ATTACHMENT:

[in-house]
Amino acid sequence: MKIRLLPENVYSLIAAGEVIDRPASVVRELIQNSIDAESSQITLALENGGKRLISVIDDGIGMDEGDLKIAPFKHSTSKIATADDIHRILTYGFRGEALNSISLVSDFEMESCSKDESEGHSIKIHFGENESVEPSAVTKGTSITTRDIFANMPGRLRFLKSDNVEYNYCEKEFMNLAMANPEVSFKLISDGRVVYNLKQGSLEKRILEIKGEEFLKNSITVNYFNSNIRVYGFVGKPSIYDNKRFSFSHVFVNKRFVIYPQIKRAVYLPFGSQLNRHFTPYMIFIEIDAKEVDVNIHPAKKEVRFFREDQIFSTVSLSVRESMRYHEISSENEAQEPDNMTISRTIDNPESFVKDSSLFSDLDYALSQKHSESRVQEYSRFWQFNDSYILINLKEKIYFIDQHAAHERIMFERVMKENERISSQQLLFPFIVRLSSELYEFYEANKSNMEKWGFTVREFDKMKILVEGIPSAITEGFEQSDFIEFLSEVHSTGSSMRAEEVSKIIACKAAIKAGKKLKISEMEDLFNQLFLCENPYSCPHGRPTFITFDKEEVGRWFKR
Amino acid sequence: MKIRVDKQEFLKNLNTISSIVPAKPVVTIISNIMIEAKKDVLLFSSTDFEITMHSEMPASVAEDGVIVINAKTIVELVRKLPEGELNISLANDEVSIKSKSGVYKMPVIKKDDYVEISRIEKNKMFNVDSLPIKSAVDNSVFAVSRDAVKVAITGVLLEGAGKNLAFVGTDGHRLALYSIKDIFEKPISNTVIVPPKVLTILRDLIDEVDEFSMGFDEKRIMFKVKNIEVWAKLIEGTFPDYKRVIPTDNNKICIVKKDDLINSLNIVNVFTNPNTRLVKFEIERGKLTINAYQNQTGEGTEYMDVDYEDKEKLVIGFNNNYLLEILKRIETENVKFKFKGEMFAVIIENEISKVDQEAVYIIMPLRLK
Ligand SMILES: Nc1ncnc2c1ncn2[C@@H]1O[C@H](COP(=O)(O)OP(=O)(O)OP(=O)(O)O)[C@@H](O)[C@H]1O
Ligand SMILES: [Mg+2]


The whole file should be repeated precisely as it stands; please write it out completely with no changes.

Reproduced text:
[in-house]
Amino acid sequence: MKIRLLPENVYSLIAAGEVIDRPASVVRELIQNSIDAESSQITLALENGGKRLISVIDDGIGMDEGDLKIAPFKHSTSKIATADDIHRILTYGFRGEALNSISLVSDFEMESCSKDESEGHSIKIHFGENESVEPSAVTKGTSITTRDIFANMPGRLRFLKSDNVEYNYCEKEFMNLAMANPEVSFKLISDGRVVYNLKQGSLEKRILEIKGEEFLKNSITVNYFNSNIRVYGFVGKPSIYDNKRFSFSHVFVNKRFVIYPQIKRAVYLPFGSQLNRHFTPYMIFIEIDAKEVDVNIHPAKKEVRFFREDQIFSTVSLSVRESMRYHEISSENEAQEPDNMTISRTIDNPESFVKDSSLFSDLDYALSQKHSESRVQEYSRFWQFNDSYILINLKEKIYFIDQHAAHERIMFERVMKENERISSQQLLFPFIVRLSSELYEFYEANKSNMEKWGFTVREFDKMKILVEGIPSAITEGFEQSDFIEFLSEVHSTGSSMRAEEVSKIIACKAAIKAGKKLKISEMEDLFNQLFLCENPYSCPHGRPTFITFDKEEVGRWFKR
Amino acid sequence: MKIRVDKQEFLKNLNTISSIVPAKPVVTIISNIMIEAKKDVLLFSSTDFEITMHSEMPASVAEDGVIVINAKTIVELVRKLPEGELNISLANDEVSIKSKSGVYKMPVIKKDDYVEISRIEKNKMFNVDSLPIKSAVDNSVFAVSRDAVKVAITGVLLEGAGKNLAFVGTDGHRLALYSIKDIFEKPISNTVIVPPKVLTILRDLIDEVDEFSMGFDEKRIMFKVKNIEVWAKLIEGTFPDYKRVIPTDNNKICIVKKDDLINSLNIVNVFTNPNTRLVKFEIERGKLTINAYQNQTGEGTEYMDVDYEDKEKLVIGFNNNYLLEILKRIETENVKFKFKGEMFAVIIENEISKVDQEAVYIIMPLRLK
Ligand SMILES: Nc1ncnc2c1ncn2[C@@H]1O[C@H](COP(=O)(O)OP(=O)(O)OP(=O)(O)O)[C@@H](O)[C@H]1O
Ligand SMILES: [Mg+2]